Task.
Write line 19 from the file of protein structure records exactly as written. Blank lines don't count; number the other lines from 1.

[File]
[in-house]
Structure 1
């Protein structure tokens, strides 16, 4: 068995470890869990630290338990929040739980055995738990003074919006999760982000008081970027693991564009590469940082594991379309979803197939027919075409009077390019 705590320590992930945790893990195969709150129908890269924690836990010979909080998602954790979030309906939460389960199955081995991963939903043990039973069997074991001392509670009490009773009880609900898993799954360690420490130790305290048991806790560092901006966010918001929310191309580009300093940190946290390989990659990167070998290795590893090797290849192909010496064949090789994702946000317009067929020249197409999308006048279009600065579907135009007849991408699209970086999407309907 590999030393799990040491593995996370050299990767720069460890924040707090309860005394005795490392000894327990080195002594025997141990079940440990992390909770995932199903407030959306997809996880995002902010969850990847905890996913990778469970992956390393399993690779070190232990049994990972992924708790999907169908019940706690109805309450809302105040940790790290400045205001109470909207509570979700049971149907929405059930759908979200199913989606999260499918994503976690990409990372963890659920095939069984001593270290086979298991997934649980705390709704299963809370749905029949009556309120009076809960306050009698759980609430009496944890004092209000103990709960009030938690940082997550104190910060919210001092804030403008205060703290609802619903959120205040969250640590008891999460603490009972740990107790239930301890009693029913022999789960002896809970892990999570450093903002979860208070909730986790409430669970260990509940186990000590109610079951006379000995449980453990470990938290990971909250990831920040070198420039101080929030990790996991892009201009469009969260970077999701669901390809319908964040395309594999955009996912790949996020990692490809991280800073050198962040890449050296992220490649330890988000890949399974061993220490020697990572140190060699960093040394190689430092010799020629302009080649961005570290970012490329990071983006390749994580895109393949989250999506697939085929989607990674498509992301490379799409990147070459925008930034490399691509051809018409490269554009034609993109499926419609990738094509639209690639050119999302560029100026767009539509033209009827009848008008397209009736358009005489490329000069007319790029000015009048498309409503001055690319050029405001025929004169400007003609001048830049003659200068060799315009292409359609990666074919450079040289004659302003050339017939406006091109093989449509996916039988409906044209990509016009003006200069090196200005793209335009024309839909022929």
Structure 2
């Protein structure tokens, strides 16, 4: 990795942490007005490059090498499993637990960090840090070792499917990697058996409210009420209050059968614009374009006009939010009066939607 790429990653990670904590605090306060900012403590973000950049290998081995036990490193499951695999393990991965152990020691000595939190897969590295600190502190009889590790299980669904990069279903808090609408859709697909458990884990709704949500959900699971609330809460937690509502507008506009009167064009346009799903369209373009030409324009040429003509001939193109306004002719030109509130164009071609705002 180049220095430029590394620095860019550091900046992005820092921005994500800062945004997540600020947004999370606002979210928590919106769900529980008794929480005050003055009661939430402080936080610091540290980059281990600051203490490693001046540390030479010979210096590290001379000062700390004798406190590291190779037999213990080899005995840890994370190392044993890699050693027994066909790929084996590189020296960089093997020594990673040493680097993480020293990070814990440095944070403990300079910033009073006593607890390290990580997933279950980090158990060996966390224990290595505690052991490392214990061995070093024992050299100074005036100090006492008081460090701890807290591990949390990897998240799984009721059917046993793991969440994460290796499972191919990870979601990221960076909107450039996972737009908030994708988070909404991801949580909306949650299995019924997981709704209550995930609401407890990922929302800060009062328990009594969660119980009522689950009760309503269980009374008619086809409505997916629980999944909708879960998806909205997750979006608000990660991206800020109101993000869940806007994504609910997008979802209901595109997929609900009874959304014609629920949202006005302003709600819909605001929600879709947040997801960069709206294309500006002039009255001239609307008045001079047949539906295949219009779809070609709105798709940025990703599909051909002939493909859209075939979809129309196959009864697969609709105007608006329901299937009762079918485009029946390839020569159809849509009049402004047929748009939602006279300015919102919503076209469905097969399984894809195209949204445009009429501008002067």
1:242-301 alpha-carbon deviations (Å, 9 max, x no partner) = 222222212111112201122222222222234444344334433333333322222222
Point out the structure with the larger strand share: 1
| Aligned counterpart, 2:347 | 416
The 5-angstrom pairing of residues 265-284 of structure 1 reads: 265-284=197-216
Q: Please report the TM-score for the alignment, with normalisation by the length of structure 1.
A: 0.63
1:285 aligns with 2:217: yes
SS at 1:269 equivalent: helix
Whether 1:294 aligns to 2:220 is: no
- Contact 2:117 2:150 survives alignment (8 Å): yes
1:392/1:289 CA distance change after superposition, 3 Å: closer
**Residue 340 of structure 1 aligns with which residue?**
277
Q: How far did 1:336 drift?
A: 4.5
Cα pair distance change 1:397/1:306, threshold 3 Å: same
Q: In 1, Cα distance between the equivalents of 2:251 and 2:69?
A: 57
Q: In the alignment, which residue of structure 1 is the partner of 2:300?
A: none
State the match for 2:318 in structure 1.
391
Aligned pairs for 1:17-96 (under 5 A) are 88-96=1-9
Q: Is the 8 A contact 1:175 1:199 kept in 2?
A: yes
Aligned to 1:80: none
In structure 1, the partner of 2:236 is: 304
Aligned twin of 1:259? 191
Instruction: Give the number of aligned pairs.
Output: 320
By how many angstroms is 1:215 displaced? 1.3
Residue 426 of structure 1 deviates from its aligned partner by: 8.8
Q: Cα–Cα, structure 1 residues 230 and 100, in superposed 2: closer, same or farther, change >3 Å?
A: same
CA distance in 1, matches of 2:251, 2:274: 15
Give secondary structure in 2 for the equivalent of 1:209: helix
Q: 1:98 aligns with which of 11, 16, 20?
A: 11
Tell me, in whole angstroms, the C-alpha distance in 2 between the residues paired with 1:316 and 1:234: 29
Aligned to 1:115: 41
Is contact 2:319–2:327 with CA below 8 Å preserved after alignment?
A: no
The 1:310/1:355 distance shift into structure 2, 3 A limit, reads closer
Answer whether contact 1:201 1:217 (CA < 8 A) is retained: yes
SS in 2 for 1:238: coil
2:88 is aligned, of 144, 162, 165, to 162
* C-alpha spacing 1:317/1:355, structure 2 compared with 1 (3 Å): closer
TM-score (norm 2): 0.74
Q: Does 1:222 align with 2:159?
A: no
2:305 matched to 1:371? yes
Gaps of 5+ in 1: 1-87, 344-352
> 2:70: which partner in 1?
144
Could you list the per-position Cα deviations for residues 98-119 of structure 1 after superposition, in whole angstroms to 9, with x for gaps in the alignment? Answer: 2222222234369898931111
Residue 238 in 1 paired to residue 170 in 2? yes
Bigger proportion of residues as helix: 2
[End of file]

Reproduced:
Q: How far did 1:336 drift?